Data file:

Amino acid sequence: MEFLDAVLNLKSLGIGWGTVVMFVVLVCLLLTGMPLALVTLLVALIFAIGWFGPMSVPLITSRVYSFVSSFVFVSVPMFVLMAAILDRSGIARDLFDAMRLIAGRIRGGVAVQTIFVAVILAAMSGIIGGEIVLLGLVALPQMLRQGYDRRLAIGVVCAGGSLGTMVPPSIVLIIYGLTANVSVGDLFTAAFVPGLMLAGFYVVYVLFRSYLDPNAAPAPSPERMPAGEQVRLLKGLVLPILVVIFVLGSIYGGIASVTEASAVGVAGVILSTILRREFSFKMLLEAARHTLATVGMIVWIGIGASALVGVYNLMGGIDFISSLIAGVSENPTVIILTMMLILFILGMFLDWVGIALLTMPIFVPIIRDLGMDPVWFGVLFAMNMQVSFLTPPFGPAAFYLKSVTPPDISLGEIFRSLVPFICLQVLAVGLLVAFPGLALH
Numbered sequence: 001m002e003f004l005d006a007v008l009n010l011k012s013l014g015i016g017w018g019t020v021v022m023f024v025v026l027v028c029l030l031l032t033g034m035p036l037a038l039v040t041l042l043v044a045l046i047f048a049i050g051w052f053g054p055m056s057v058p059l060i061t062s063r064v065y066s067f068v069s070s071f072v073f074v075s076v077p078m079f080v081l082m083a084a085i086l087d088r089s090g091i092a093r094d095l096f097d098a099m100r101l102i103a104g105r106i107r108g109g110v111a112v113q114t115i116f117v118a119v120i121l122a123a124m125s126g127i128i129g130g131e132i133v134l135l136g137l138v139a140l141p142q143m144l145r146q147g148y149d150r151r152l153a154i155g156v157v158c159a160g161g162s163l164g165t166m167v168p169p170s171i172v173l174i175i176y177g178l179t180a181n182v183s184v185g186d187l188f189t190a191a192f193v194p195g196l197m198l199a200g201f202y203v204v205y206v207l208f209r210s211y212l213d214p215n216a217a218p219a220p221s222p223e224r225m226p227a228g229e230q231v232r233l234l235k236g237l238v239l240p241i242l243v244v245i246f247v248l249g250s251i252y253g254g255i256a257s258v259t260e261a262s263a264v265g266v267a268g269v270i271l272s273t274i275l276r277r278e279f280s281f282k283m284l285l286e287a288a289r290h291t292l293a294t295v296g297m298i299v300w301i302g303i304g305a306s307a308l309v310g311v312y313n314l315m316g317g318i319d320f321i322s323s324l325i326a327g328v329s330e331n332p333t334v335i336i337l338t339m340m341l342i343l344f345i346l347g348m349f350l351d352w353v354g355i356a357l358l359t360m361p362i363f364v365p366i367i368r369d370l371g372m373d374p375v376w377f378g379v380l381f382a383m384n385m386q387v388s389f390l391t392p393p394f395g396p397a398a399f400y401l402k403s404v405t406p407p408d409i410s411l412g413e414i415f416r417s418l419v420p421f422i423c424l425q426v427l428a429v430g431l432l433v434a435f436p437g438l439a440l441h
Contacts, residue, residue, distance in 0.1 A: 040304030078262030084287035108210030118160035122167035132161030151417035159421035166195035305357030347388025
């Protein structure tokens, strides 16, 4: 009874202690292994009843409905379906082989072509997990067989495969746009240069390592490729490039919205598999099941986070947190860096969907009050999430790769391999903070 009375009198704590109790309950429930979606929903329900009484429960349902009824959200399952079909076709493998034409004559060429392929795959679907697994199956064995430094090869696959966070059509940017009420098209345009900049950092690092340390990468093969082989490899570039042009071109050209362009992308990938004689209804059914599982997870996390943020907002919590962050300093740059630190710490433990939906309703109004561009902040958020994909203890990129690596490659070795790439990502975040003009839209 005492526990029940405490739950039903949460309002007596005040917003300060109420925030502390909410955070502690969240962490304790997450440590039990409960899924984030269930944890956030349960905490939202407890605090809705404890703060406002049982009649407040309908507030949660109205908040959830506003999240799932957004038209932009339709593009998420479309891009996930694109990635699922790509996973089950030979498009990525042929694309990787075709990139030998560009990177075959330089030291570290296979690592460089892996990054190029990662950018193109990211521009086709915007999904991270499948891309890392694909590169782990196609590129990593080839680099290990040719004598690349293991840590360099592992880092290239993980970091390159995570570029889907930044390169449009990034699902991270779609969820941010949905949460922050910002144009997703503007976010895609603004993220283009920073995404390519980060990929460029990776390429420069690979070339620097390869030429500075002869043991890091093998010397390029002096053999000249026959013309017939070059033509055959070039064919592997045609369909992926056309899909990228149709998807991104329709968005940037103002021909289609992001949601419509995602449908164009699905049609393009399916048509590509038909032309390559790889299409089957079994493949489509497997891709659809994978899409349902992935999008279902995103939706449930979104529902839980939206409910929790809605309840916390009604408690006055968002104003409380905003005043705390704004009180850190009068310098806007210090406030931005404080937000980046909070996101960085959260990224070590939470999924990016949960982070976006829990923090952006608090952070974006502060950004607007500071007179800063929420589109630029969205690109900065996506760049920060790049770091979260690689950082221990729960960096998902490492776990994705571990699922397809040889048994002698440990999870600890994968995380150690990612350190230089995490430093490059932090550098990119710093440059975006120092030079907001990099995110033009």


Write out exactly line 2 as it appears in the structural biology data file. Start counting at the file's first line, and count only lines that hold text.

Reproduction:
Numbered sequence: 001m002e003f004l005d006a007v008l009n010l011k012s013l014g015i016g017w018g019t020v021v022m023f024v025v026l027v028c029l030l031l032t033g034m035p036l037a038l039v040t041l042l043v044a045l046i047f048a049i050g051w052f053g054p055m056s057v058p059l060i061t062s063r064v065y066s067f068v069s070s071f072v073f074v075s076v077p078m079f080v081l082m083a084a085i086l087d088r089s090g091i092a093r094d095l096f097d098a099m100r101l102i103a104g105r106i107r108g109g110v111a112v113q114t115i116f117v118a119v120i121l122a123a124m125s126g127i128i129g130g131e132i133v134l135l136g137l138v139a140l141p142q143m144l145r146q147g148y149d150r151r152l153a154i155g156v157v158c159a160g161g162s163l164g165t166m167v168p169p170s171i172v173l174i175i176y177g178l179t180a181n182v183s184v185g186d187l188f189t190a191a192f193v194p195g196l197m198l199a200g201f202y203v204v205y206v207l208f209r210s211y212l213d214p215n216a217a218p219a220p221s222p223e224r225m226p227a228g229e230q231v232r233l234l235k236g237l238v239l240p241i242l243v244v245i246f247v248l249g250s251i252y253g254g255i256a257s258v259t260e261a262s263a264v265g266v267a268g269v270i271l272s273t274i275l276r277r278e279f280s281f282k283m284l285l286e287a288a289r290h291t292l293a294t295v296g297m298i299v300w301i302g303i304g305a306s307a308l309v310g311v312y313n314l315m316g317g318i319d320f321i322s323s324l325i326a327g328v329s330e331n332p333t334v335i336i337l338t339m340m341l342i343l344f345i346l347g348m349f350l351d352w353v354g355i356a357l358l359t360m361p362i363f364v365p366i367i368r369d370l371g372m373d374p375v376w377f378g379v380l381f382a383m384n385m386q387v388s389f390l391t392p393p394f395g396p397a398a399f400y401l402k403s404v405t406p407p408d409i410s411l412g413e414i415f416r417s418l419v420p421f422i423c424l425q426v427l428a429v430g431l432l433v434a435f436p437g438l439a440l441h